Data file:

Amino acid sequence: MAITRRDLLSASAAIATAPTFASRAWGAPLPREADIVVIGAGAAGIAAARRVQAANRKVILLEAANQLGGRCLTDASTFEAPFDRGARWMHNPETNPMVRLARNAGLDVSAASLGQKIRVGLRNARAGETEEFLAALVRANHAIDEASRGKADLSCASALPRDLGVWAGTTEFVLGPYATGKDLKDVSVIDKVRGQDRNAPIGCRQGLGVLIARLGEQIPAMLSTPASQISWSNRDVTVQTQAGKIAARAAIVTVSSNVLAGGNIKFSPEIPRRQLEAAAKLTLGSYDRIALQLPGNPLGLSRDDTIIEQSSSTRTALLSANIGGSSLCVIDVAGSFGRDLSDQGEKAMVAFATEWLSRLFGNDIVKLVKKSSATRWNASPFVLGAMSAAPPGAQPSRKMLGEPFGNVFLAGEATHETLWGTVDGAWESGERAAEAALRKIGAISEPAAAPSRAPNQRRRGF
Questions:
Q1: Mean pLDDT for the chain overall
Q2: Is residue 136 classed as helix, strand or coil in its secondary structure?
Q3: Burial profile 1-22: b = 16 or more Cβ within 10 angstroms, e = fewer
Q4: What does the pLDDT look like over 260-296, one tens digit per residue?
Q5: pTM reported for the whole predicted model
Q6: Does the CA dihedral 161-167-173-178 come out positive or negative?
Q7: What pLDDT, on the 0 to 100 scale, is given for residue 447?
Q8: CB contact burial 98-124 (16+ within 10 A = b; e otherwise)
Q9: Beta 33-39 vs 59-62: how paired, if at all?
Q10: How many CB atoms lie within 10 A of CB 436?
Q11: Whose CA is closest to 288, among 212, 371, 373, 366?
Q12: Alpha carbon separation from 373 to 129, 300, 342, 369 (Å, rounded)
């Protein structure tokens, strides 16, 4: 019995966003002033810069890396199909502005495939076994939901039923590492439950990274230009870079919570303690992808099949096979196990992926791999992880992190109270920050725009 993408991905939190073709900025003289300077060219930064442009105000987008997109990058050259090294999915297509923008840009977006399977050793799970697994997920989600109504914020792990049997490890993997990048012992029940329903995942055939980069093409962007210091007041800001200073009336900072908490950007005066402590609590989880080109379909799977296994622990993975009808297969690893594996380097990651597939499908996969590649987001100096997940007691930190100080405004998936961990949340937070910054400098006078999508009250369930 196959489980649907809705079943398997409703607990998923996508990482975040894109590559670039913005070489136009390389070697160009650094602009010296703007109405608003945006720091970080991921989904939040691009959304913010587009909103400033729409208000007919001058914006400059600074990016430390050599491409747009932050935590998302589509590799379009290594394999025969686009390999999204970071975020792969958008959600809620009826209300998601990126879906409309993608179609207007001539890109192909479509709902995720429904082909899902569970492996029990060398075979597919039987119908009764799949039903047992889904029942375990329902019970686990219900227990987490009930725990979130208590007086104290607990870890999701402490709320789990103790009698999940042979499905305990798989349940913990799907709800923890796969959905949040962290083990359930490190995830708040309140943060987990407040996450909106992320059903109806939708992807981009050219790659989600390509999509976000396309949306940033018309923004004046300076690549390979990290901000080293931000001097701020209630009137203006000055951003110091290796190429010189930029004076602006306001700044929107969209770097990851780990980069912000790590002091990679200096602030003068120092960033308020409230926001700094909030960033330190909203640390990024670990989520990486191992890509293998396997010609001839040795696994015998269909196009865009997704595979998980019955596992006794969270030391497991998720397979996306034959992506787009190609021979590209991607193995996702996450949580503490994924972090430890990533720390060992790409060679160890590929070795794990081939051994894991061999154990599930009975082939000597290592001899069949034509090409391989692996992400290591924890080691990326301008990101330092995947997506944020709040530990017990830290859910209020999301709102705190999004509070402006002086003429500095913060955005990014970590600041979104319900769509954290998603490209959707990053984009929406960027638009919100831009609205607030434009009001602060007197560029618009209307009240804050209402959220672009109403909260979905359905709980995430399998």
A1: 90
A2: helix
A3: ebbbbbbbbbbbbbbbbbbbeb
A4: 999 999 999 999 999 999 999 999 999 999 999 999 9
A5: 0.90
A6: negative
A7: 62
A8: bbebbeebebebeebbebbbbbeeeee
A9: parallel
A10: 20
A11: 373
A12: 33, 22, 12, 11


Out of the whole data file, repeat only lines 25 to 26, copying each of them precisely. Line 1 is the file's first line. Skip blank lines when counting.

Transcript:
A10: 20
A11: 373